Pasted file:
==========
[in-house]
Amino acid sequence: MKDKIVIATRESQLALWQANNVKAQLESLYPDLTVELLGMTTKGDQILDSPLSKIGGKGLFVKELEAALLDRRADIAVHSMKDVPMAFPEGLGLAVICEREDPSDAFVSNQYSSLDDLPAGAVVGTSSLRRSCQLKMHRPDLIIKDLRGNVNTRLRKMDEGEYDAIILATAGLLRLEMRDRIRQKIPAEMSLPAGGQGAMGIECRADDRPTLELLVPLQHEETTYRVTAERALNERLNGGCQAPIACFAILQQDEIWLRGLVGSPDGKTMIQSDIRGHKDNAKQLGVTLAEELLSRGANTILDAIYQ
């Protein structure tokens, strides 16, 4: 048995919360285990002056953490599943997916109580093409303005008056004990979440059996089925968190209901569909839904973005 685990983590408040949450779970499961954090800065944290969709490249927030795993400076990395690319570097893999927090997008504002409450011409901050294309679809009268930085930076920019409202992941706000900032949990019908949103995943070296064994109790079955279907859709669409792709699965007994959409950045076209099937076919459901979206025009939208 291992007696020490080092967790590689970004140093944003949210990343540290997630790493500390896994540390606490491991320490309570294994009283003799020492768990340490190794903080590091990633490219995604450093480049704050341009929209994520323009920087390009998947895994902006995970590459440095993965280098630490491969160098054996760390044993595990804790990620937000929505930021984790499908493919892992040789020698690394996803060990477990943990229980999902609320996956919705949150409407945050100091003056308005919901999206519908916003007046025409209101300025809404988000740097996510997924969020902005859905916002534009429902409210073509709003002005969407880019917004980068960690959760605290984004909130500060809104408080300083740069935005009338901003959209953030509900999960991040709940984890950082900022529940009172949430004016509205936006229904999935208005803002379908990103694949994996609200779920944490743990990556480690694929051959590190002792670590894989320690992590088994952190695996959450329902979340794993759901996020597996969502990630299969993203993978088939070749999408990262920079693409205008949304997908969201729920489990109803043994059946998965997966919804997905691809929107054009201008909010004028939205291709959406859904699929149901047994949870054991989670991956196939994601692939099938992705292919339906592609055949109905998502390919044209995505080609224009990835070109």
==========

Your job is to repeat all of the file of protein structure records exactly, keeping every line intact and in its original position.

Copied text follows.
[in-house]
Amino acid sequence: MKDKIVIATRESQLALWQANNVKAQLESLYPDLTVELLGMTTKGDQILDSPLSKIGGKGLFVKELEAALLDRRADIAVHSMKDVPMAFPEGLGLAVICEREDPSDAFVSNQYSSLDDLPAGAVVGTSSLRRSCQLKMHRPDLIIKDLRGNVNTRLRKMDEGEYDAIILATAGLLRLEMRDRIRQKIPAEMSLPAGGQGAMGIECRADDRPTLELLVPLQHEETTYRVTAERALNERLNGGCQAPIACFAILQQDEIWLRGLVGSPDGKTMIQSDIRGHKDNAKQLGVTLAEELLSRGANTILDAIYQ
């Protein structure tokens, strides 16, 4: 048995919360285990002056953490599943997916109580093409303005008056004990979440059996089925968190209901569909839904973005 685990983590408040949450779970499961954090800065944290969709490249927030795993400076990395690319570097893999927090997008504002409450011409901050294309679809009268930085930076920019409202992941706000900032949990019908949103995943070296064994109790079955279907859709669409792709699965007994959409950045076209099937076919459901979206025009939208 291992007696020490080092967790590689970004140093944003949210990343540290997630790493500390896994540390606490491991320490309570294994009283003799020492768990340490190794903080590091990633490219995604450093480049704050341009929209994520323009920087390009998947895994902006995970590459440095993965280098630490491969160098054996760390044993595990804790990620937000929505930021984790499908493919892992040789020698690394996803060990477990943990229980999902609320996956919705949150409407945050100091003056308005919901999206519908916003007046025409209101300025809404988000740097996510997924969020902005859905916002534009429902409210073509709003002005969407880019917004980068960690959760605290984004909130500060809104408080300083740069935005009338901003959209953030509900999960991040709940984890950082900022529940009172949430004016509205936006229904999935208005803002379908990103694949994996609200779920944490743990990556480690694929051959590190002792670590894989320690992590088994952190695996959450329902979340794993759901996020597996969502990630299969993203993978088939070749999408990262920079693409205008949304997908969201729920489990109803043994059946998965997966919804997905691809929107054009201008909010004028939205291709959406859904699929149901047994949870054991989670991956196939994601692939099938992705292919339906592609055949109905998502390919044209995505080609224009990835070109």